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A virtual bank crisis
January 24, 2008
The online virtual world of Second Life is experiencing a real-world bank run after Second Life’s operator, Linden Labs, closed down about a dozen virtual financial institutions this week. The pretend banks hold deposits in so-called Linden dollars, but Lindens are convertible to real U.S. dollars. Linden’s new policy, under which only chartered banks will be allowed to serve Second Life’s 12 million users worldwide, was prompted by the failure last August of virtual bank Ginko Financial, which cost real depositors an estimated $750,000. “There is not a whole lot that is fake about this,” says Cornell University business professor Robert Bloomfield. (The Wall Street Journal)
What the commentators said
Second Life is “a fascinating social experiment,” said Tim Stevens in Switched. And watching a world with “few rules and fewer rule enforcers” deal with a banking collapse brings its own “morbid curiosity.” Just like “a certain other economy we can think of,” Second Life is probably “in for a bit of a recession.”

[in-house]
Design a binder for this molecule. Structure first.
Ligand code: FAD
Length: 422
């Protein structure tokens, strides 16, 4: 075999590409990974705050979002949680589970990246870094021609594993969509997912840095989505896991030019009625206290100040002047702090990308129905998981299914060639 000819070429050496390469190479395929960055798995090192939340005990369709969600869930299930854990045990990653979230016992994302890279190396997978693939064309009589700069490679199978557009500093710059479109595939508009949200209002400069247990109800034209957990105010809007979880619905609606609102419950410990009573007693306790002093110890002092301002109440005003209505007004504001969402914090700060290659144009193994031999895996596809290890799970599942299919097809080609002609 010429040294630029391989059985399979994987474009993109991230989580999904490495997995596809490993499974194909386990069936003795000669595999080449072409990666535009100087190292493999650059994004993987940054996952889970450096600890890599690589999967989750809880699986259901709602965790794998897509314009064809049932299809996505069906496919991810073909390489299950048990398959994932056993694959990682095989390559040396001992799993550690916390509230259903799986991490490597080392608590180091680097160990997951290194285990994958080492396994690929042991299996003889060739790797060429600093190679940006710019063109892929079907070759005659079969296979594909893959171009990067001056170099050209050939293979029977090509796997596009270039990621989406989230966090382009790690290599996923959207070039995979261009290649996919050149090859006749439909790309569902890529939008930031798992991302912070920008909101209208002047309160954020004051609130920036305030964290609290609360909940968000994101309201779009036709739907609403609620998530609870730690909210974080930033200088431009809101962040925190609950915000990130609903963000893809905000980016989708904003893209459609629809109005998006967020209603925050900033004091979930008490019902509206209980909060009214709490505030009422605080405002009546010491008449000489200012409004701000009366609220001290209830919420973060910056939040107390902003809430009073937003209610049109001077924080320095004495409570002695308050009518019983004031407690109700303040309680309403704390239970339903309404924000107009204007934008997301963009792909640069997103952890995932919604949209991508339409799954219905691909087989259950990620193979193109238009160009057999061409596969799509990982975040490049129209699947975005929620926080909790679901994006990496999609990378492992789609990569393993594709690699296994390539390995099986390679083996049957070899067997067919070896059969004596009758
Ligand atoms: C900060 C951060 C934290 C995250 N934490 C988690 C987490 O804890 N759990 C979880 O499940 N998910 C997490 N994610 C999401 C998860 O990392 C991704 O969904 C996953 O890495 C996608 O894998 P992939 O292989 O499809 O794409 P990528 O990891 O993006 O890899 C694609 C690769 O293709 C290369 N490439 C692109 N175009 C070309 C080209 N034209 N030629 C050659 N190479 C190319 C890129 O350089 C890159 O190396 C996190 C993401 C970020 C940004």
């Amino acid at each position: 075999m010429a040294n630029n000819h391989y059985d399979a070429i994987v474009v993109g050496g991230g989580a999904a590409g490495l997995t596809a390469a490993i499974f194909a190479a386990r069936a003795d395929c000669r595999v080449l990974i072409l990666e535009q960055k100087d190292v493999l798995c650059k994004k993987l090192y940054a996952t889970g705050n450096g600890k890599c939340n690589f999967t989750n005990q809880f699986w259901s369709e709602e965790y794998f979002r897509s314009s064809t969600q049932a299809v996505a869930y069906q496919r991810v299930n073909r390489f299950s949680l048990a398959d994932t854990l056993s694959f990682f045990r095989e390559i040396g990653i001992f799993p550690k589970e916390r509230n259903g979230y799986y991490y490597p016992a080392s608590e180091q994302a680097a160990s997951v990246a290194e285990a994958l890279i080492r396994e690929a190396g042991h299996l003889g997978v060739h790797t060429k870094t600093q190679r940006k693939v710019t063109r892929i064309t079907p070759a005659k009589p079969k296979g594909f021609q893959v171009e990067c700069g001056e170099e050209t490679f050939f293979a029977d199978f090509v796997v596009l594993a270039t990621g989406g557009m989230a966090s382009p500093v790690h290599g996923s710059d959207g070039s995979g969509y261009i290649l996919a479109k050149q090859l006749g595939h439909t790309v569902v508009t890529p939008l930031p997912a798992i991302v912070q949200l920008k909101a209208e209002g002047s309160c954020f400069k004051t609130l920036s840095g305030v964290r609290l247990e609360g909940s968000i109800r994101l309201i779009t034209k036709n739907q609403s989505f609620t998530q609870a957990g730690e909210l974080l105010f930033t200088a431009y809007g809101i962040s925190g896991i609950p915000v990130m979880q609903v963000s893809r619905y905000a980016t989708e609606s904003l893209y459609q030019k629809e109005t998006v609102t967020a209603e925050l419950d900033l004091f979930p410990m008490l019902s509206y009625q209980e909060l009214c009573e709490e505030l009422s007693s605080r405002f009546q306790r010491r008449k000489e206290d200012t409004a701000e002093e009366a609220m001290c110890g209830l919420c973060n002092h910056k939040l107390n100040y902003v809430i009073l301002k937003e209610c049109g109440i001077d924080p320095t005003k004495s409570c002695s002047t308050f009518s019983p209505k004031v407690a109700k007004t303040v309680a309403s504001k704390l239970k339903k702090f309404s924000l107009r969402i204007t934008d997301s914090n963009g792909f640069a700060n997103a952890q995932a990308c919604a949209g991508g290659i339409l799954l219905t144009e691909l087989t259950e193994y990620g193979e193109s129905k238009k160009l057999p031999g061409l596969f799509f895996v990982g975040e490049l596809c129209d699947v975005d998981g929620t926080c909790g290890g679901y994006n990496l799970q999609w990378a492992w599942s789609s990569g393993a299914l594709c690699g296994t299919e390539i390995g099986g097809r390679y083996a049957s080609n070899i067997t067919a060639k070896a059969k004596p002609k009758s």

So now “virtual bankers are throwing themselves off skyscrapers,” said Nick Booth in The Inquirer. Well, don’t cry for them—these “avatar bankers” are the ones who “ruined the game.” Just like “the stupidest players in Monopoly,” they “lost the plot” and confused Second Life’s economy with the real one. With cheaters like that in the game, it’s time to go “in search of the rule book.”
Yes, the bankers were “shady,” said Mary Jane Irwin in the Valleywag blog. But come on, who would fall for “200 percent interest rates”? Only letting chartered banks operate is a nice try, but it won’t be enough to “pop Second Life’s bubbly fictional economy.” Not with all the “clever virtual shyster entrepreneurs” out there to “keep the farce going.”
Not everyone is welcoming the new rules, said Raju Shanbhag in TMCnet. Following Linden’s crackdown on gambling and underage virtual sexual activity, many Second Life users are chafing at the company introducing “more regulations.” After all, with the motto “Your world—Your imagination,” you don’t want to defeat the ideal of “a world where one can run one’s imagination free.”
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